PHOTO:Kansas City Chiefs tight end Tony Gonzalez (88) is tackled
by New England Patriots defenders Ted Johnson (52) and Eugene Wilson (26) during
the first half at Arrowhead Stadium Monday, Nov. 22, 2004, in Kansas City, Mo.
Gonzalez gained 12 yards on the pass from Trent Green. (AP Photo/Charlie Riedel)
Ted Johnson, Not taking it for granted
By Michael Reardon, Site Contributor
The New England Patriots is a franchise that has had a variety of colorful
characters with compelling stories come and go in its recent history. The arrival
and messy departure of Bill Parcells. The decline and departure of local icon
and franchise quarterback Drew Bledsoe. The rapid rise to greatness of his replacement,
a fourth string nobody named Tom Brady. The emergence of Bill Belichick as the
most successful head coach in the NFL. The falling out with and release of a
vocal team leader Lawyer Milloy. The turnaround story of the NFL, Corey Dillon,
setting franchise records just one season removed from rotting away on the perennial
non - competitive Cincinnati Bengals.
Without a doubt, being a Patriots fan and follower is seldom a dull endeavor.
These stories often dominate newspaper headlines and sports talk show phone
calls. They also cover up other stories that, while they do not often attract
the most attention, are no less incredible or deserving of praise.
One of these stories is that of insider linebacker Ted Johnson. Perhaps more
than any other player on the New England roster, Johnson has come to intimate
terms with success and glory as well as disappointment and uncertainty over
his ten year career in the NFL. He's gone from starting middle linebacker and
the team captain to a forgotten backup struggling for playing time. He has been
hampered by bad luck and freak injuries throughout his career, and every return
from the injured list has been met with continuing doubts of his durability,
his effectiveness, and his aging body in what is known as a young man's game.
These trials and tribulations have taught provided Johnson with wisdom beyond
his years, and he has learned to appreciate his career, one day at a time.
"I don't take it for granted, believe me," said Johnson in a 2004
interview, "If anybody knows, it's me. This can change in an instant."
Johnson was drafted by the Patriots in 1995 in the second round and enjoyed
a successful rookie campaign, finishing 7th on the team in tackles (71) despite
missing four games with a knee sprain. In his next two seasons, Johnson started
32 consecutive regular season games, every single playoff game, and his first
Super Bowl. He lead the team in tackling for two years straight with 115 tackles
in 1996 and 127 in 1997, and was named defensive captain in 1997.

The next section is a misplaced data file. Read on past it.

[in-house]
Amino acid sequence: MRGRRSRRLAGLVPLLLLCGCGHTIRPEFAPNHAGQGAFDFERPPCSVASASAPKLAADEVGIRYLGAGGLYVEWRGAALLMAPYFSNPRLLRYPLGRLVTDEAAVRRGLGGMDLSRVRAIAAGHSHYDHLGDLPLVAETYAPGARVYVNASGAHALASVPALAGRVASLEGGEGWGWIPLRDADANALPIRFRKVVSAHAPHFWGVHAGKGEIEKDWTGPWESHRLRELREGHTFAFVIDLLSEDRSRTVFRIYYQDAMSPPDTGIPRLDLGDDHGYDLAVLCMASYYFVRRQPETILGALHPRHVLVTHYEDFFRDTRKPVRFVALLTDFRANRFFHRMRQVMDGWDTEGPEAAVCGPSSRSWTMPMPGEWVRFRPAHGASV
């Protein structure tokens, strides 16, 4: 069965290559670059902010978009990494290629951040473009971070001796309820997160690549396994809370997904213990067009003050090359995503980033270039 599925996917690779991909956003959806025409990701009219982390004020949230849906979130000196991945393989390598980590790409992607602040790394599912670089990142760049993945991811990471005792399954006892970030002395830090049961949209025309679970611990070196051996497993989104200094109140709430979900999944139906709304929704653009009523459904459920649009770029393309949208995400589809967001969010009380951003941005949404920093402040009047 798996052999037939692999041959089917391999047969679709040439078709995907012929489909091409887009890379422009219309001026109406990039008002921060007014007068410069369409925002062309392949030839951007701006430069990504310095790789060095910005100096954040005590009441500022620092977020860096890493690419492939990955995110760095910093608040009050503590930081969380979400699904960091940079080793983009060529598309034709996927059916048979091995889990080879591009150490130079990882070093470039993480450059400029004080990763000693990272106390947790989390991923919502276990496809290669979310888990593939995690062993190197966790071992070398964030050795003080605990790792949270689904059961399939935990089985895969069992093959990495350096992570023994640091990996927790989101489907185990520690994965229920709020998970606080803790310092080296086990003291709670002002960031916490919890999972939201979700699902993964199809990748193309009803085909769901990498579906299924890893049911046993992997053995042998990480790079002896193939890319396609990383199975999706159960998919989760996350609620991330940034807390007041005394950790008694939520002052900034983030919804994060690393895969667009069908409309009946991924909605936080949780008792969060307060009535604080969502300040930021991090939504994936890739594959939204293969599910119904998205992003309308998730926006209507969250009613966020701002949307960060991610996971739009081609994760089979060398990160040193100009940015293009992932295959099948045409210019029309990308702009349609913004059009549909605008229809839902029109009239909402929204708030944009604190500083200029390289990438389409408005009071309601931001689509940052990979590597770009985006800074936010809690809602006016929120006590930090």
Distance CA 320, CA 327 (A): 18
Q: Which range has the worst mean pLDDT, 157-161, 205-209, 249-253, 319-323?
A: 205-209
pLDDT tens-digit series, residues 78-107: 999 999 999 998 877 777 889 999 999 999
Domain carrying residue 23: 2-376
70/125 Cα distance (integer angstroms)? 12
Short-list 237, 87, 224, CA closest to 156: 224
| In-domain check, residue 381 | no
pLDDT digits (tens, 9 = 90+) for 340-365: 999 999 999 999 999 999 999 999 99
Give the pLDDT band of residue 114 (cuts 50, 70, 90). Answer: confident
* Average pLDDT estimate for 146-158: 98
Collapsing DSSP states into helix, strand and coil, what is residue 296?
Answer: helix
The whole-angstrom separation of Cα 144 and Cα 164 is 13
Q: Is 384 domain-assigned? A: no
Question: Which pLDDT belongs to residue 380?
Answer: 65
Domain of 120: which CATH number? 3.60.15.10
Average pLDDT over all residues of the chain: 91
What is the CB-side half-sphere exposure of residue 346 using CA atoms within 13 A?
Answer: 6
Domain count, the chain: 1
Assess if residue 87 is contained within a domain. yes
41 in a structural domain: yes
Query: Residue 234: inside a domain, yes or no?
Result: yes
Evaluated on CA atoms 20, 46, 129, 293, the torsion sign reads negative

It was during this time that Johnson developed into the type of NFL player
he would be for his career. He was a solid, bruising linebacker whose attributes
were best suited to stuffing the inside run. He had instincts and good vision
and could read blocking schemes quickly; a talent that would only develop more
as his career progressed. He had a tackler's mentality, and would rather meet
a runner head on at the line of scrimmage than wrap up his legs on an outside
run. His 1998 campaign was among the best on his team, as he had recorded 95
tackles in the first 13 games.
Then on December 26th Johnson suffered a season - ending pectoral tear while
tackling Steelers running back Jerome Bettis.
This injury was the beginning of what would become a series of physical setbacks
that Johnson would suffer throughout his career. In the next three seasons,
Johnson would start just 21 of the 48 regular season games and experience varying
success in the games he did play in. Most of the injuries were accidental ones
and not because he was "injury - prone" or "brittle." The
freak muscle tear Johnson experienced in 1998 would come to typify that kind
of frustrating injuries that would befall him over the years. In 2000, Johnson
gave back over $3 million in salary to remain with the Patriots despite is decreasing
production and health problems.
In 2001, Johnson managed to avoid serious injury, but discovered that he'd
been demoted to a backup player. During the Patriots Super Bowl season, Johnson
played in 12 games but started only 5. He had been passed over on the depth
chart and gone from a team captain to a role player.
Johnson took his diminished playing time with a level of maturity and professionalism
that he is known around the locker room and organization for.
"There's been team success where I haven't had personal success and had
to deal with that. Your ego is taking shots, you're dealing with a ton of things
-- your identity, where you fit in, how can I contribute? You're a starter for
most of your career, and then you're not."
Right after the Super Bowl, Johnson was left exposed to the expansion draft